Research Article
Volume 7 Issue 11 - 2020
The Presentation of Mallory-Weiss Syndrome Secondary to Underlying Pathologies
Azhar Hussain1,2*, Jasndeep Kaler2, Elsa Tabrez3, Neha Ali4, Sheharyar Hussain5 and Shams Tabrez6
1Doctoral Candidate of HealthCare Administration, Franklin University, Ohio, USA
2Medical Student, Xavier University School of Medicine, Aruba
3Medical Student, American University of Integrative Sciences, Barbados
4Psychiatry Resident, Nassau University Medical Center, New York, USA
5Doctoral Candidate of Clinical Psychology, John Jay College of Criminal Justice, New York, USA
6Assistant Professor of Medicine and Board-Certified Gastroenterology and Hepatology at University of Central Florida, Florida, USA
*Corresponding Author: Azhar Hussain, Medical Student, Xavier University School of Medicine, Aruba.
Received: September 13, 2020; Published: October 15, 2020


Mallory-Wiess Syndrome (MWS) is one of the common causes of acute upper gastrointestinal (GI) bleeding, characterized by the presence of longitudinal superficial mucosal lacerations. The esophageal lacerations that are seen with MWS stem from forceful retching and vomiting. The increased intraabdominal pressure causes gastric contents to be forced into the esophagus. The force itself has been postulated as being the cause of the Mallory-Weiss tears. The most common precipitating factors are considered vomiting and retching in correlation with a history of excessive drinking or physical findings consistent with chronic alcohol abuse. While chronic alcohol abuse is a well-known precipitating factor, other conditions such as hyperemesis gravidarum, bulimia nervosa, scleroderma, gastrointestinal reflux disease, and chemotherapy induced hyperemesis can also lead to MWS. The diagnosis of MWS is suggested clinically by a typical history of hematemesis that is known to occur after one or more episodes non-bloody vomiting. Diagnosis is achieved via upper GI endoscopy visualizing the Mallory-Weiss tears within the esophageal membrane. If the patient is stable, medical intervention is unnecessary. In the event that the amount of blood vomited is extensive, supportive management may be required such as blood transfusion, electrocautery, balloon tamponade.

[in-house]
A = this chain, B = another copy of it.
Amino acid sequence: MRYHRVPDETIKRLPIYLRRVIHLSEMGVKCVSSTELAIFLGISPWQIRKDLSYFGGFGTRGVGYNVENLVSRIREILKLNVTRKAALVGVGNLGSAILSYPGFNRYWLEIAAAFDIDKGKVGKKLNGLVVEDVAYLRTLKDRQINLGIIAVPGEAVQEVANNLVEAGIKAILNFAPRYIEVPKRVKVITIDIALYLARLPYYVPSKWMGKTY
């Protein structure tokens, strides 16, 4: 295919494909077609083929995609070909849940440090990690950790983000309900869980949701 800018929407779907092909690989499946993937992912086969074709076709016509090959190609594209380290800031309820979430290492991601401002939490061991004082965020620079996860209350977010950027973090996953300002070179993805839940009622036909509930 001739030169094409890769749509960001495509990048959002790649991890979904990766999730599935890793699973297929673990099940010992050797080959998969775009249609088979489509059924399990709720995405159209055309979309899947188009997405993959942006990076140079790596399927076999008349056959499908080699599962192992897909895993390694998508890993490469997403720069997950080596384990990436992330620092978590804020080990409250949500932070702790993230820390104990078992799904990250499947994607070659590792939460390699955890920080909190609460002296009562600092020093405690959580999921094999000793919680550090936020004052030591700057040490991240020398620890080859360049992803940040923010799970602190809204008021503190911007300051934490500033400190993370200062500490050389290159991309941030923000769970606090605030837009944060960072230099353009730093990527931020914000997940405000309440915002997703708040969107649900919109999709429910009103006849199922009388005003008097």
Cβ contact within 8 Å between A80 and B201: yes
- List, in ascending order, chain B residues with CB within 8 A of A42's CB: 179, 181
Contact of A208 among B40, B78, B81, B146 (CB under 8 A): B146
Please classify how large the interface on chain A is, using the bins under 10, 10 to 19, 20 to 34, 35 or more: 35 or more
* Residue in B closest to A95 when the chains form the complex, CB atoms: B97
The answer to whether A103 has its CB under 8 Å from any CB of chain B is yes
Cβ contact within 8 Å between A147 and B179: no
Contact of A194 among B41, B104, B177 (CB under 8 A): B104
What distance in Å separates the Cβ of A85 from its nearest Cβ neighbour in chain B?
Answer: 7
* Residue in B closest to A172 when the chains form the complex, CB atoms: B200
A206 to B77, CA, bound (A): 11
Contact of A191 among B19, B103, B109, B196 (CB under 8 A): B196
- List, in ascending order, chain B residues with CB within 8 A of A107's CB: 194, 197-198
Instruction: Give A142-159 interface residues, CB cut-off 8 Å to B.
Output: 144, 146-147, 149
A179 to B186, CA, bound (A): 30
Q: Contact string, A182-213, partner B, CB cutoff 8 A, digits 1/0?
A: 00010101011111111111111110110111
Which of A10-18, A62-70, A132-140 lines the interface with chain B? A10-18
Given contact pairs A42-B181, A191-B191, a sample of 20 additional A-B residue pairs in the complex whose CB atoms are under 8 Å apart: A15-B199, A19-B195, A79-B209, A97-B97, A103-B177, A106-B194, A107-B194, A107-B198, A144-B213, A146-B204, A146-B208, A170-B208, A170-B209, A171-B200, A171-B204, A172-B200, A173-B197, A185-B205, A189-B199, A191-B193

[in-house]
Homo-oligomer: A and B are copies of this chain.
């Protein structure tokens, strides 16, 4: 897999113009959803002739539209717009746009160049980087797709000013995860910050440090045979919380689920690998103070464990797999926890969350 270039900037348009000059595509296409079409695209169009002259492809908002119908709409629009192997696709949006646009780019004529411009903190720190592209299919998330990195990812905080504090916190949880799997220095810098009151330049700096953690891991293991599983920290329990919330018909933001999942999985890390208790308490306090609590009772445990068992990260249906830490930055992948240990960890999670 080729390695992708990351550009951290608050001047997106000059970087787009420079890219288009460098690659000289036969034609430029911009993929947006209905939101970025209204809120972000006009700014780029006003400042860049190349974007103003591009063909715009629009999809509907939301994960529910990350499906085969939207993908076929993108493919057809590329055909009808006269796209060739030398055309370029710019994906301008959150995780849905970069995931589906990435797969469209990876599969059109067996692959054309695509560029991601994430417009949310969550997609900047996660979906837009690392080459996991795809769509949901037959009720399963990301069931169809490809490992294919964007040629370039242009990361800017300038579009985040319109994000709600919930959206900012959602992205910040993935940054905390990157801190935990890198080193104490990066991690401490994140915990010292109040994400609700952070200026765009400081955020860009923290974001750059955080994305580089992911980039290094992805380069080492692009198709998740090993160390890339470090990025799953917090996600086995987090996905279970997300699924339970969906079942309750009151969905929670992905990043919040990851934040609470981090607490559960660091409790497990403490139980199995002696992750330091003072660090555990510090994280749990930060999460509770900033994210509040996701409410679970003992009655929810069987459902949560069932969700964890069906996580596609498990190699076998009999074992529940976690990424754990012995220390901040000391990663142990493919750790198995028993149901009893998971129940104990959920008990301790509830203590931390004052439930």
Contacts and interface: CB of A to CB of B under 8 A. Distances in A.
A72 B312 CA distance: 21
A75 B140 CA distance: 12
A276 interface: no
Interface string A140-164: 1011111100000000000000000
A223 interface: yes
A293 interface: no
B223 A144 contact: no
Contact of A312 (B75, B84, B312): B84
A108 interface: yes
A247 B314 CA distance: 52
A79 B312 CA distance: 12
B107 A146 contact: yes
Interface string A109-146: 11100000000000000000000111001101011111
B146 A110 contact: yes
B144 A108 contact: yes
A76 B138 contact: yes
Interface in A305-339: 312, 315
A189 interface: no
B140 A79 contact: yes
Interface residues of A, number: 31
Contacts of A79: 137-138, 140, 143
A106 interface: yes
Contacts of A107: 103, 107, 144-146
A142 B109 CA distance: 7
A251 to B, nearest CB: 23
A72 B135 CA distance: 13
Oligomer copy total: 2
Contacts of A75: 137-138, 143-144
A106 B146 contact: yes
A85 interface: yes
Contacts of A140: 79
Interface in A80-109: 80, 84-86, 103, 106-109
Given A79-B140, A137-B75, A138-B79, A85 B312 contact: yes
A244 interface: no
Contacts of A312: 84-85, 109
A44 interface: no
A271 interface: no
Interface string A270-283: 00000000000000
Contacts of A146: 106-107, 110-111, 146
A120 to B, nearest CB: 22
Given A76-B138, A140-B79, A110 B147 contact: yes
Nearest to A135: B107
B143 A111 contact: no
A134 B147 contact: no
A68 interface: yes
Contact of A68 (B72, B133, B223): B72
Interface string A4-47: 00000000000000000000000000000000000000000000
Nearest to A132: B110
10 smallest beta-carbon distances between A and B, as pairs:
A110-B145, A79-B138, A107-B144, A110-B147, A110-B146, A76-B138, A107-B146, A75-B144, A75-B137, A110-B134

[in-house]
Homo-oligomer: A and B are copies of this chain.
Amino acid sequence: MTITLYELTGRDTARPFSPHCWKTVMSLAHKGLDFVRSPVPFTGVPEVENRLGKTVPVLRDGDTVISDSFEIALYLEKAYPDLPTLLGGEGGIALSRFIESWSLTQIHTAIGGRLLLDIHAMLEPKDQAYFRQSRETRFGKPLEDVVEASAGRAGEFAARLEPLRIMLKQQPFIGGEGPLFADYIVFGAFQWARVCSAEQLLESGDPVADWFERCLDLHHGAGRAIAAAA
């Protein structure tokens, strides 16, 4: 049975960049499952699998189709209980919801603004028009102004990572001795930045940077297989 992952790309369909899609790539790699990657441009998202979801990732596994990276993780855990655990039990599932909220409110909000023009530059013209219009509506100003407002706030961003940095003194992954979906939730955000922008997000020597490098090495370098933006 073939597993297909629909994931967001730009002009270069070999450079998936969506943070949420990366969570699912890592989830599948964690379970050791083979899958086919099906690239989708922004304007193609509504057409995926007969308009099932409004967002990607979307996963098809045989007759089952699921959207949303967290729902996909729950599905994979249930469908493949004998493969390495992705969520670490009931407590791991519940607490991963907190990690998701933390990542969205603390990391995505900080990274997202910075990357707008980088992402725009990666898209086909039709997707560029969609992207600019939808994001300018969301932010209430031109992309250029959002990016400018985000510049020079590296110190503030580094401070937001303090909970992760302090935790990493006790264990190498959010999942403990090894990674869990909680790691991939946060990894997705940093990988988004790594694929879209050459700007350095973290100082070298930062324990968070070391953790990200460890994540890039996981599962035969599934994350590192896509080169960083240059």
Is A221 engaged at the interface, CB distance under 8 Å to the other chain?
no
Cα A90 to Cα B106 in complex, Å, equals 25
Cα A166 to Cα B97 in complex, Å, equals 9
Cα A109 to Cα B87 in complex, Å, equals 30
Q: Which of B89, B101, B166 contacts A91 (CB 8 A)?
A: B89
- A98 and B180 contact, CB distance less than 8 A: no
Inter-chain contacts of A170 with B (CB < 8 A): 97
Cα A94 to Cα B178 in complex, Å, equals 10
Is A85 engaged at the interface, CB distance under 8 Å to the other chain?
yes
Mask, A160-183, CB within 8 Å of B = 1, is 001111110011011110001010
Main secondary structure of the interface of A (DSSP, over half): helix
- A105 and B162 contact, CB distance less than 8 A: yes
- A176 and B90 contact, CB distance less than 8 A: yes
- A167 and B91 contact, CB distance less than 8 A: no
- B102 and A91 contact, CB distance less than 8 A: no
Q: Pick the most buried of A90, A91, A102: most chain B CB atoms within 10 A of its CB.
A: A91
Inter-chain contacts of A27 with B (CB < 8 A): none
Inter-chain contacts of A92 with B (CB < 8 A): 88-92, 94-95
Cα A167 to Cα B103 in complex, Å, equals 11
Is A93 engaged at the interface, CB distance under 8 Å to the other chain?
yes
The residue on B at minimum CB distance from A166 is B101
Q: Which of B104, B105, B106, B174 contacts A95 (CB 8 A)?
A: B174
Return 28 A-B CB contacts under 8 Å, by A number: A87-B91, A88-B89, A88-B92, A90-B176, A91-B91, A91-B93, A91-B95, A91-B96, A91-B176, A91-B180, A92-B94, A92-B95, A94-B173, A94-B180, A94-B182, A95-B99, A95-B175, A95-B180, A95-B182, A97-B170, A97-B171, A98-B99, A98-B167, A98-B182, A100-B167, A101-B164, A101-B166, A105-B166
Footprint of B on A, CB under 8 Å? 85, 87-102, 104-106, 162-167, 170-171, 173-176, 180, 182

Keywords:Mallory-Weiss Syndrome; Upper Gastrointestinal Bleed; Hematemesis; Bulimia Nervosa; Hyperemesis Gravidarum; Portal Hypertension; Cirrhosis; Chemotherapy-Induced Hyperemesis; Anorexia Nervosa


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Citation: Azhar Hussain., et al. “The Presentation of Mallory-Weiss Syndrome Secondary to Underlying Pathologies”. EC Gastroenterology and Digestive System 7.11 (2020): 26-41.

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